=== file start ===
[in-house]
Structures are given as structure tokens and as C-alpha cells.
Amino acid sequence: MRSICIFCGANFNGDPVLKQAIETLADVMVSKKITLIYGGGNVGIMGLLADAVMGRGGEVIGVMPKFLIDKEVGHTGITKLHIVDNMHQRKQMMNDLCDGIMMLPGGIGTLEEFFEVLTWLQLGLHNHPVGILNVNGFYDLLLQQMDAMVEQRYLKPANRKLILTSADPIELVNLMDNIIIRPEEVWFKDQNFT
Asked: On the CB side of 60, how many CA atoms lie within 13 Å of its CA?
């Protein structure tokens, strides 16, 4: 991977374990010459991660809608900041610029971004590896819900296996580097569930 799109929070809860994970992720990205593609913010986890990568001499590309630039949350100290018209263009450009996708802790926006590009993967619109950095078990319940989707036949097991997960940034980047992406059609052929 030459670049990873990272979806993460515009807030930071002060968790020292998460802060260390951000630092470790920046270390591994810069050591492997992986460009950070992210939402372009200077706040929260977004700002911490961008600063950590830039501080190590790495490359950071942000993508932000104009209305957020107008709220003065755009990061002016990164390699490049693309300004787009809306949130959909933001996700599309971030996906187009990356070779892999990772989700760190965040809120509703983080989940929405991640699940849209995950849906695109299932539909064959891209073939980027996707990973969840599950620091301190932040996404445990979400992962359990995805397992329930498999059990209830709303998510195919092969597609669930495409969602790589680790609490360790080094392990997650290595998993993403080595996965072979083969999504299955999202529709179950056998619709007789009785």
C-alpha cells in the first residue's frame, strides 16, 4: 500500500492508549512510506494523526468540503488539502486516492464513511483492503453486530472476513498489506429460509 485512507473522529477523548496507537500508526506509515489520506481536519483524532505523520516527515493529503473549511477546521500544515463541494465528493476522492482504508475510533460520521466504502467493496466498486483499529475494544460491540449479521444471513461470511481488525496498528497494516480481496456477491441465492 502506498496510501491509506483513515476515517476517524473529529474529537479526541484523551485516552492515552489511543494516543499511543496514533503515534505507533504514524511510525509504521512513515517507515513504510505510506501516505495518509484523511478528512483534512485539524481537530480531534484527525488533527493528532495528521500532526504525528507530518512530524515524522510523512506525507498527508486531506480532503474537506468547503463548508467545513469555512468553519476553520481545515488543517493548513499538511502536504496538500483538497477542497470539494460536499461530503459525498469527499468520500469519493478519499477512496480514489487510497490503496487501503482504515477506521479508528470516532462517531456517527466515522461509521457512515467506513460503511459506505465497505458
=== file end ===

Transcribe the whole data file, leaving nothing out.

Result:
[in-house]
Structures are given as structure tokens and as C-alpha cells.
Amino acid sequence: MRSICIFCGANFNGDPVLKQAIETLADVMVSKKITLIYGGGNVGIMGLLADAVMGRGGEVIGVMPKFLIDKEVGHTGITKLHIVDNMHQRKQMMNDLCDGIMMLPGGIGTLEEFFEVLTWLQLGLHNHPVGILNVNGFYDLLLQQMDAMVEQRYLKPANRKLILTSADPIELVNLMDNIIIRPEEVWFKDQNFT
Asked: On the CB side of 60, how many CA atoms lie within 13 Å of its CA?
């Protein structure tokens, strides 16, 4: 991977374990010459991660809608900041610029971004590896819900296996580097569930 799109929070809860994970992720990205593609913010986890990568001499590309630039949350100290018209263009450009996708802790926006590009993967619109950095078990319940989707036949097991997960940034980047992406059609052929 030459670049990873990272979806993460515009807030930071002060968790020292998460802060260390951000630092470790920046270390591994810069050591492997992986460009950070992210939402372009200077706040929260977004700002911490961008600063950590830039501080190590790495490359950071942000993508932000104009209305957020107008709220003065755009990061002016990164390699490049693309300004787009809306949130959909933001996700599309971030996906187009990356070779892999990772989700760190965040809120509703983080989940929405991640699940849209995950849906695109299932539909064959891209073939980027996707990973969840599950620091301190932040996404445990979400992962359990995805397992329930498999059990209830709303998510195919092969597609669930495409969602790589680790609490360790080094392990997650290595998993993403080595996965072979083969999504299955999202529709179950056998619709007789009785």
C-alpha cells in the first residue's frame, strides 16, 4: 500500500492508549512510506494523526468540503488539502486516492464513511483492503453486530472476513498489506429460509 485512507473522529477523548496507537500508526506509515489520506481536519483524532505523520516527515493529503473549511477546521500544515463541494465528493476522492482504508475510533460520521466504502467493496466498486483499529475494544460491540449479521444471513461470511481488525496498528497494516480481496456477491441465492 502506498496510501491509506483513515476515517476517524473529529474529537479526541484523551485516552492515552489511543494516543499511543496514533503515534505507533504514524511510525509504521512513515517507515513504510505510506501516505495518509484523511478528512483534512485539524481537530480531534484527525488533527493528532495528521500532526504525528507530518512530524515524522510523512506525507498527508486531506480532503474537506468547503463548508467545513469555512468553519476553520481545515488543517493548513499538511502536504496538500483538497477542497470539494460536499461530503459525498469527499468520500469519493478519499477512496480514489487510497490503496487501503482504515477506521479508528470516532462517531456517527466515522461509521457512515467506513460503511459506505465497505458